Convenience food

A local couple is hoping residents and businesses want to outsource their grocery shopping.

Two years ago, Lynette Waller and her husband launched, an online shopping service that lets people order and pay for groceries and have them delivered.

Customers pay a $5 delivery fee plus a markup on the cost of the items. The Wallers declined to say what the markup is.

Lynette Waller said the business makes about 30 deliveries during the week, and their busiest times are the beginning and middle of each month.

“The trend is the first of the month and every two weeks, usually when people get paid,” she said.

Customers must order more than $50 in goods.

Waller said that weekly users spend an average of $74.

And with the recent rash of natural disasters, Waller said business was going gangbusters.

“With the storm, we had about ten $600 orders a week,” she said. “People had to replace their whole refrigerators.”

The Wallers have some big competitors.  Charlottesville-based Relay Foods, a similar grocery delivery service, added a Richmond operation last year. Relay also has an online system, but customers pick up their groceries.

But Waller said she’s not too worried about them.

“I don’t feel we’re in competition,” she said. “Their business model is a lot different.”

Waller and her husband, Stanley, both work in finance for a big national bank. They run the business out of their home in Henrico and have four drivers that travel to Wal-Mart to buy the groceries each day.

Stanley came up with the idea for the site after Lynette’s mother had a stroke in 2008.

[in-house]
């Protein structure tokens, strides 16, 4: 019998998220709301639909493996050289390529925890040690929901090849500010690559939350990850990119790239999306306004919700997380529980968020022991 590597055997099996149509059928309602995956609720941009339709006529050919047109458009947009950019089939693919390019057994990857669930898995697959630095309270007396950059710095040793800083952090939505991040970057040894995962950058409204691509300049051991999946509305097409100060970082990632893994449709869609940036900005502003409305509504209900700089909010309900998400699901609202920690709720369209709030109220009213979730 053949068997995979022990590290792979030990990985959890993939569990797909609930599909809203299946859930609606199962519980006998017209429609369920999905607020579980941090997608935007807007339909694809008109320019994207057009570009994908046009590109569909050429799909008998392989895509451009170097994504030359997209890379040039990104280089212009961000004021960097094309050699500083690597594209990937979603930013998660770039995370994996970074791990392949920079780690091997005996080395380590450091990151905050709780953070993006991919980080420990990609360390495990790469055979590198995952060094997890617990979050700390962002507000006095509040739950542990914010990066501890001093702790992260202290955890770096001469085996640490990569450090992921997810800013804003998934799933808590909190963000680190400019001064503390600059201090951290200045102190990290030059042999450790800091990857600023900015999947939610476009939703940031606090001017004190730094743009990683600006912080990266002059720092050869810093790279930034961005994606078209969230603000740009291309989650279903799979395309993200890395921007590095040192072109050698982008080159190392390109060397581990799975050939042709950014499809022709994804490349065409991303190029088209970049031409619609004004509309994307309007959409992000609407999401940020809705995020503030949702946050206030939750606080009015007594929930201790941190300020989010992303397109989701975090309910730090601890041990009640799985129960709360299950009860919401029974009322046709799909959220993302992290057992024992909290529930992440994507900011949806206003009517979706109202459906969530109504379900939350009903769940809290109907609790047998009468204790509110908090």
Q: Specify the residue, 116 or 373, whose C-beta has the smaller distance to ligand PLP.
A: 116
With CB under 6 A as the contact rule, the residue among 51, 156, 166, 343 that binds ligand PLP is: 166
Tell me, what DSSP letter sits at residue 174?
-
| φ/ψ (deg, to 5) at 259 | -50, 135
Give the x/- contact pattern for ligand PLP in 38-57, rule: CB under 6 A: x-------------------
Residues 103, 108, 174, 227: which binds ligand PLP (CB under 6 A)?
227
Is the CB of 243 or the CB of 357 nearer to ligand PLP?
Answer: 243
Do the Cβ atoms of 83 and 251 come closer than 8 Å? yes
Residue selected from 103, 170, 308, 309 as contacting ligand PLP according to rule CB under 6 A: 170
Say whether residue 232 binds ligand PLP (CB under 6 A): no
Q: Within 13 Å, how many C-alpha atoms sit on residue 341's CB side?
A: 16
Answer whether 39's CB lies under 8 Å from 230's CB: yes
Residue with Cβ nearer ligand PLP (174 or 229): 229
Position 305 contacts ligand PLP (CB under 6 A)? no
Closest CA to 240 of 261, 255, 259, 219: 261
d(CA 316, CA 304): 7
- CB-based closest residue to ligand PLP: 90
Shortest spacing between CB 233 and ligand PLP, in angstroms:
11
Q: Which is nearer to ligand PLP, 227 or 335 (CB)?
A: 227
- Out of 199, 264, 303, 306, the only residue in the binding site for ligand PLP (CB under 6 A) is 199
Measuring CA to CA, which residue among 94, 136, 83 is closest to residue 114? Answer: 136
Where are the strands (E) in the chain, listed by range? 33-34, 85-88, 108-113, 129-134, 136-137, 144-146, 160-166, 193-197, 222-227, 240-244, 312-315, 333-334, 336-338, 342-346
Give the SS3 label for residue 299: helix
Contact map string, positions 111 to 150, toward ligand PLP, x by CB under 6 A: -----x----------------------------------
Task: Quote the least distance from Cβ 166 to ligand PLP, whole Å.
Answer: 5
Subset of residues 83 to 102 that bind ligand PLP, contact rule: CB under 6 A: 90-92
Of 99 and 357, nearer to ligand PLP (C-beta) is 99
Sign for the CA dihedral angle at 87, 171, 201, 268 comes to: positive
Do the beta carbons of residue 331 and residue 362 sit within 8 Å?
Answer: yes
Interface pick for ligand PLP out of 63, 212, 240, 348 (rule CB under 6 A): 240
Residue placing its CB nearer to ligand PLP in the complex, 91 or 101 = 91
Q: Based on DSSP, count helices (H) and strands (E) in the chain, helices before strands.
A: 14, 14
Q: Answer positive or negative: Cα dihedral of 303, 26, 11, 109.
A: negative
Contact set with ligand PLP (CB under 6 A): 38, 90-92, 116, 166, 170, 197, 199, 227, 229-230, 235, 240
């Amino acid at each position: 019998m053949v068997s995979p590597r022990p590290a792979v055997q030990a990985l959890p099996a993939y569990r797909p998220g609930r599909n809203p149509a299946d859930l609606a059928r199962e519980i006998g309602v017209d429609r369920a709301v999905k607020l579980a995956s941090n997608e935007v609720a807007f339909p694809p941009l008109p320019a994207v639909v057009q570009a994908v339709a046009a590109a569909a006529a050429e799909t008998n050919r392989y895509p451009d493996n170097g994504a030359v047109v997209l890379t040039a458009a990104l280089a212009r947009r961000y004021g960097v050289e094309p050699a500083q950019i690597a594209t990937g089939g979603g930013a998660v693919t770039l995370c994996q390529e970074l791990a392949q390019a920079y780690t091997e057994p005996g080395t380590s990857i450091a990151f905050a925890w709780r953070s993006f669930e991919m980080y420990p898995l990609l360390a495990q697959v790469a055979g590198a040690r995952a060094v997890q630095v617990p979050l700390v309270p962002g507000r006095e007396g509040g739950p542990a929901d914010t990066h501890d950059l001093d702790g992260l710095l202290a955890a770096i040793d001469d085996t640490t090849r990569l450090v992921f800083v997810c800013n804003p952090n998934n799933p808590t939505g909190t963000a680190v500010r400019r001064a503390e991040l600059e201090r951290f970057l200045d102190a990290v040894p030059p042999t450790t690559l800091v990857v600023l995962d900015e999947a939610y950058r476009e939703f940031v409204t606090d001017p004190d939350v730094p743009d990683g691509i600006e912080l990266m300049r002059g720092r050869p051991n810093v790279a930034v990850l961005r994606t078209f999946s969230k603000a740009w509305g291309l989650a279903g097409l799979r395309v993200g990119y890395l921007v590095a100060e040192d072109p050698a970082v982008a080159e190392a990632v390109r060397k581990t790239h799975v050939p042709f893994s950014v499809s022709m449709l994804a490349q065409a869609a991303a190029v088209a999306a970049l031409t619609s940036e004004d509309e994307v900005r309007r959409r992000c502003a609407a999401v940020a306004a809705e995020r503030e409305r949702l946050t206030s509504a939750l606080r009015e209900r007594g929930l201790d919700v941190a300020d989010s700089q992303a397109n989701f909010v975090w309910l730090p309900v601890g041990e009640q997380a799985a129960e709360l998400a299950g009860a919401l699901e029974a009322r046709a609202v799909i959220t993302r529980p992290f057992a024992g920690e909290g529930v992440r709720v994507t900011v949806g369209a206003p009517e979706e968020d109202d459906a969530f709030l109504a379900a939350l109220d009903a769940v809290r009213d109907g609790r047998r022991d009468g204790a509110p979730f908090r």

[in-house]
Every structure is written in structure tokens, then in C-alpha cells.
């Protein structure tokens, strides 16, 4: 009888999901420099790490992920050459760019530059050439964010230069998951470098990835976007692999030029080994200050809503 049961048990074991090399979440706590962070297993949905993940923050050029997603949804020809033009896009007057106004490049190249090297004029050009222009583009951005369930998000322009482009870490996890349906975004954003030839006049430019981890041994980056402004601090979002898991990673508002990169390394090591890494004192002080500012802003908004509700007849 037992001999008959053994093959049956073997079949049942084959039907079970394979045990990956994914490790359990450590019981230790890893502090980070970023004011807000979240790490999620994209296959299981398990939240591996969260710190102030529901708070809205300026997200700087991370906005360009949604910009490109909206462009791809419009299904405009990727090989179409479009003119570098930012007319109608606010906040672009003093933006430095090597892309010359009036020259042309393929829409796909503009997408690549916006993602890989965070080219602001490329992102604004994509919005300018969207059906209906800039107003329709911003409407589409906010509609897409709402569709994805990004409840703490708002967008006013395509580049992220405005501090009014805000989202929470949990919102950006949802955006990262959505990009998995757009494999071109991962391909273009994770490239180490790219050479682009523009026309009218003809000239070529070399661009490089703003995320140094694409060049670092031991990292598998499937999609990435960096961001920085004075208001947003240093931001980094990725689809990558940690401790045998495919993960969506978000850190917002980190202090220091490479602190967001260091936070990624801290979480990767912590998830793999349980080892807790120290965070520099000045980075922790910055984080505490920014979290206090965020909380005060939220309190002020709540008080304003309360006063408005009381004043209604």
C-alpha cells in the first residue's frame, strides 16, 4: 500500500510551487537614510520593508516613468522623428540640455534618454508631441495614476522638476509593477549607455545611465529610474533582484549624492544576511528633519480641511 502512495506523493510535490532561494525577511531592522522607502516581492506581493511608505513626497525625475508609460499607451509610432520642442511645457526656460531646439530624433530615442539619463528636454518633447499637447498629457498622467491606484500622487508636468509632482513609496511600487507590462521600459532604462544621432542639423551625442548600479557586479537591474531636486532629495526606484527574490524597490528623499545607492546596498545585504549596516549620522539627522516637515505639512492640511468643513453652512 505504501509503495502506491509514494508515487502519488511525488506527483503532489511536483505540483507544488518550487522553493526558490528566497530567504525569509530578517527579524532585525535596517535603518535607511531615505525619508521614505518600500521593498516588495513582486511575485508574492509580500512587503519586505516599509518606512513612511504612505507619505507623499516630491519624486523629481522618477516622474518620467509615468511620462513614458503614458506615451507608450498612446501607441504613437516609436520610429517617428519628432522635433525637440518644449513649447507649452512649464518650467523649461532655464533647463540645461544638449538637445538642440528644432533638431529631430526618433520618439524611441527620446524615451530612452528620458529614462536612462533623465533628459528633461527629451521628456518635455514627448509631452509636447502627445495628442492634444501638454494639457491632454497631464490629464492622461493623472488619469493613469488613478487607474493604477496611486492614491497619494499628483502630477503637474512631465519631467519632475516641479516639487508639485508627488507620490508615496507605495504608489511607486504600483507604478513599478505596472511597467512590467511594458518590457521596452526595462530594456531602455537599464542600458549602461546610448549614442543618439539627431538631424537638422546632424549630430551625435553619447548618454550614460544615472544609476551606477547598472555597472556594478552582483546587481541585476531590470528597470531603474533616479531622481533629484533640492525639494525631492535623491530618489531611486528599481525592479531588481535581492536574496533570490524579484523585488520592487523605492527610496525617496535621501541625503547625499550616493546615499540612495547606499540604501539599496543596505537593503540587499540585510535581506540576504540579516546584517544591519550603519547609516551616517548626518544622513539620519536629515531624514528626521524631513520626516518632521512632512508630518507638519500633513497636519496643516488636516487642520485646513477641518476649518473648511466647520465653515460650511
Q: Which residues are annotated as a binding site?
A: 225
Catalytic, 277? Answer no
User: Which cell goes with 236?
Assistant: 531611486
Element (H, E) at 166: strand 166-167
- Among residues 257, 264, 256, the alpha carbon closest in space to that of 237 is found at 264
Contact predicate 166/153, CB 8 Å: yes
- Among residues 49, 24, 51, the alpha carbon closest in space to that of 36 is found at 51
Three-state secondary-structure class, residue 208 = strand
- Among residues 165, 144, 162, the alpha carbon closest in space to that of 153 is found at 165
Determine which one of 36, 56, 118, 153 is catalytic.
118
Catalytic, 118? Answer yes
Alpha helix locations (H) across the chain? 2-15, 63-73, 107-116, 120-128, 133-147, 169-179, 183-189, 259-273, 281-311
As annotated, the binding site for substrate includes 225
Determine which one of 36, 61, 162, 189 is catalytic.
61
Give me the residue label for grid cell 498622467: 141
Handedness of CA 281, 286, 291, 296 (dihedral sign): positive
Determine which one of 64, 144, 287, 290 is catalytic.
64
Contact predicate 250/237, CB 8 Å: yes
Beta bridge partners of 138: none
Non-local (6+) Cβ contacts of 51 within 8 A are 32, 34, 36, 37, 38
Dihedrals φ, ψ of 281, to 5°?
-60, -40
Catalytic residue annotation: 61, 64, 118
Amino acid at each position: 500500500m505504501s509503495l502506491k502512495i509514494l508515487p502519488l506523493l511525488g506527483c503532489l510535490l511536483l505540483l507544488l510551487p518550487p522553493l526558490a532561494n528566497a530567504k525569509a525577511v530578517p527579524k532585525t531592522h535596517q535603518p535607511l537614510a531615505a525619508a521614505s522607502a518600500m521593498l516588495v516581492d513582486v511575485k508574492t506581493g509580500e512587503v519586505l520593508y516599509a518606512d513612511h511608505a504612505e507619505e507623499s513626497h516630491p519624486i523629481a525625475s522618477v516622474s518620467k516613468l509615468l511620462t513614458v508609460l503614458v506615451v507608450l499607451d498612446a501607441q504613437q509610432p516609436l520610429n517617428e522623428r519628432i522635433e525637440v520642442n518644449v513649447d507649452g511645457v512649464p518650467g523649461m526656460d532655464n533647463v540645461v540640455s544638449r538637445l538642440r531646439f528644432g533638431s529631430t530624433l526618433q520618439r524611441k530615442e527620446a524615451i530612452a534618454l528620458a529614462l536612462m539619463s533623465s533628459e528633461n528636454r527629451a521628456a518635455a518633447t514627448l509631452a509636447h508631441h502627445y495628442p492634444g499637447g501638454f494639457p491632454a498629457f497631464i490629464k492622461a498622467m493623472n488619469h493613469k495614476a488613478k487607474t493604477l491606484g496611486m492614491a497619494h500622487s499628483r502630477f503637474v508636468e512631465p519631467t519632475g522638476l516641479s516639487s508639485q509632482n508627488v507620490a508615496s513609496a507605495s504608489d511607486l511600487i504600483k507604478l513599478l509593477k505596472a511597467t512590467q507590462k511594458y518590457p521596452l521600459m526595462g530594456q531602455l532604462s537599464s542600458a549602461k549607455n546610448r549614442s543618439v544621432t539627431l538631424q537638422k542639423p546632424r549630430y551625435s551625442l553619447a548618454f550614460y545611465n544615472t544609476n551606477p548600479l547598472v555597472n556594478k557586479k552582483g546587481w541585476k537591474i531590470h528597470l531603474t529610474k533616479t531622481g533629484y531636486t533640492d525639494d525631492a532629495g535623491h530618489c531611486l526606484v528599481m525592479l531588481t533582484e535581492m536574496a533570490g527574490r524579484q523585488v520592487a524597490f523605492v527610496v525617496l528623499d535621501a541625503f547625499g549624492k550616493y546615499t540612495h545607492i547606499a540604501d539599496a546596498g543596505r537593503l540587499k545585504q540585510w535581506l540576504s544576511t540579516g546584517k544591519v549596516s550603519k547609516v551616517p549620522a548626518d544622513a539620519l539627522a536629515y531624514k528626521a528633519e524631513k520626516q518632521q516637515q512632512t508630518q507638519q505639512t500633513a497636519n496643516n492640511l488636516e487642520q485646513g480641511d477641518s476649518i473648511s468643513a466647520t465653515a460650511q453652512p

“We were looking for something like this to get heavy items to her house,” Waller said. “We couldn’t find anything, so we thought, ‘Hey we should start this and see where it goes.’”

Within three weeks of throwing around the idea and making a $3,000 investment, Waller had up and running.

The site originally started out with a different business model, with drivers traveling to all grocery stores whenever a customer called.

“That was stressful and just didn’t work,” Waller said.

Last year, they switched to just shopping at Wal-Mart and delivering four days a week.

“Business picked up immediately after the new business model,” she added.

When they started, the site had about 10 clients. Through a little advertising and word of mouth, Waller said they’ve grown to 25 to 35 customers.

Besides residents, the delivery service is also growing its business orders. They’ve been delivering to a large Shockoe Slip advertising firm for the past month, and Waller said she plans to start marketing to more local companies.

Once business picks up a little more, Waller said she’s also looking to start hiring more drivers.

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